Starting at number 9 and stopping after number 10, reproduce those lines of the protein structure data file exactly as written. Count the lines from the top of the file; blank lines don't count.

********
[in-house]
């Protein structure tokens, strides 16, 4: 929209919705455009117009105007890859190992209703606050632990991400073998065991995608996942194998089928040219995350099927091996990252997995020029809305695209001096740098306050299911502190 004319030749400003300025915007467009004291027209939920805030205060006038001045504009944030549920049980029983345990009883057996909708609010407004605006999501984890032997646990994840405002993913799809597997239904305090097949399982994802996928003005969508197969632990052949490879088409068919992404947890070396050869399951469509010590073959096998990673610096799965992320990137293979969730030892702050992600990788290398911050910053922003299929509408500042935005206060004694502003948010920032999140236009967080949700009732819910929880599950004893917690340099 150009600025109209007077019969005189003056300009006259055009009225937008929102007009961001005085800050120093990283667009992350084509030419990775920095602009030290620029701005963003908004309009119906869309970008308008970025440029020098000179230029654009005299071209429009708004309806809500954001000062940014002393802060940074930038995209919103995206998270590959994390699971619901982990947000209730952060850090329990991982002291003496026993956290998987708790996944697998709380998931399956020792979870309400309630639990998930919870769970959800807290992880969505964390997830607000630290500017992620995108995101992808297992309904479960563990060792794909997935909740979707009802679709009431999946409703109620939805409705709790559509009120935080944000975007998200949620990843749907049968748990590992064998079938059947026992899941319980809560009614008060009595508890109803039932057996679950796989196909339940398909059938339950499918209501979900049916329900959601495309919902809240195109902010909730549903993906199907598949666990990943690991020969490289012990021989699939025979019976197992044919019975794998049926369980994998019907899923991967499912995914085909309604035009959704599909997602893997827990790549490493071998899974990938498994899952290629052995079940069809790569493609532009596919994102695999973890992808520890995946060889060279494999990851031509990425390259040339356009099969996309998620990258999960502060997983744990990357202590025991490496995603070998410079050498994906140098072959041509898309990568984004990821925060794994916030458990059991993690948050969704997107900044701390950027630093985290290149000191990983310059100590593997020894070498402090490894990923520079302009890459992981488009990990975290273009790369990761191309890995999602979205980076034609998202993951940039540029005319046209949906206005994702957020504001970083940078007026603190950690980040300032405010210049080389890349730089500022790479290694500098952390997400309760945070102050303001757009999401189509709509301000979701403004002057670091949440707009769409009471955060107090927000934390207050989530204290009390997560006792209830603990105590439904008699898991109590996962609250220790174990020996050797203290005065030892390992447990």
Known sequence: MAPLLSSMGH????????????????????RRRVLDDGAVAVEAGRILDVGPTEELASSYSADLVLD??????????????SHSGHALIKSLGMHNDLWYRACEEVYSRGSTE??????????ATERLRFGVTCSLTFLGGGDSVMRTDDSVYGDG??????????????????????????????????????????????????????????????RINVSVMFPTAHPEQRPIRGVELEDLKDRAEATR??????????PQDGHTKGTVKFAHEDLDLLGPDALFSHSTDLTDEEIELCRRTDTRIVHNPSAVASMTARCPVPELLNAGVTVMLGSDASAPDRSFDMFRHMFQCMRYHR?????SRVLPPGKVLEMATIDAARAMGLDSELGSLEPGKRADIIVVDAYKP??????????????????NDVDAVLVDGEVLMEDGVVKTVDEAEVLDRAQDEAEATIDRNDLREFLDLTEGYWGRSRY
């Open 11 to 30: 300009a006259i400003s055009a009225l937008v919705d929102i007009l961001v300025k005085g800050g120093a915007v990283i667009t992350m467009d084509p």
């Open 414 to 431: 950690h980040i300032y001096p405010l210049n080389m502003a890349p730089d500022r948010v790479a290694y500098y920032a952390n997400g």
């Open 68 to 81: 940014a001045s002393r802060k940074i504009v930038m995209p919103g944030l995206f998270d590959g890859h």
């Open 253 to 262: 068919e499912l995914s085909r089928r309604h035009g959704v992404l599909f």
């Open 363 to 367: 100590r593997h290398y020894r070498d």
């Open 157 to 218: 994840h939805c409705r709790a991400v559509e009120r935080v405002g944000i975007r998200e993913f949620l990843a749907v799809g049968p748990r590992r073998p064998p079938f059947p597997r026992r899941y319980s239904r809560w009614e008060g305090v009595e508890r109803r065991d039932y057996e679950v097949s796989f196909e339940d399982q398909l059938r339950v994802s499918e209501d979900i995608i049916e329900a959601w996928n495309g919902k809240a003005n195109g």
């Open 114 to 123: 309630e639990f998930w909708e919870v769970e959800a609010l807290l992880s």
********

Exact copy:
């Open 157 to 218: 994840h939805c409705r709790a991400v559509e009120r935080v405002g944000i975007r998200e993913f949620l990843a749907v799809g049968p748990r590992r073998p064998p079938f059947p597997r026992r899941y319980s239904r809560w009614e008060g305090v009595e508890r109803r065991d039932y057996e679950v097949s796989f196909e339940d399982q398909l059938r339950v994802s499918e209501d979900i995608i049916e329900a959601w996928n495309g919902k809240a003005n195109g």
């Open 114 to 123: 309630e639990f998930w909708e919870v769970e959800a609010l807290l992880s």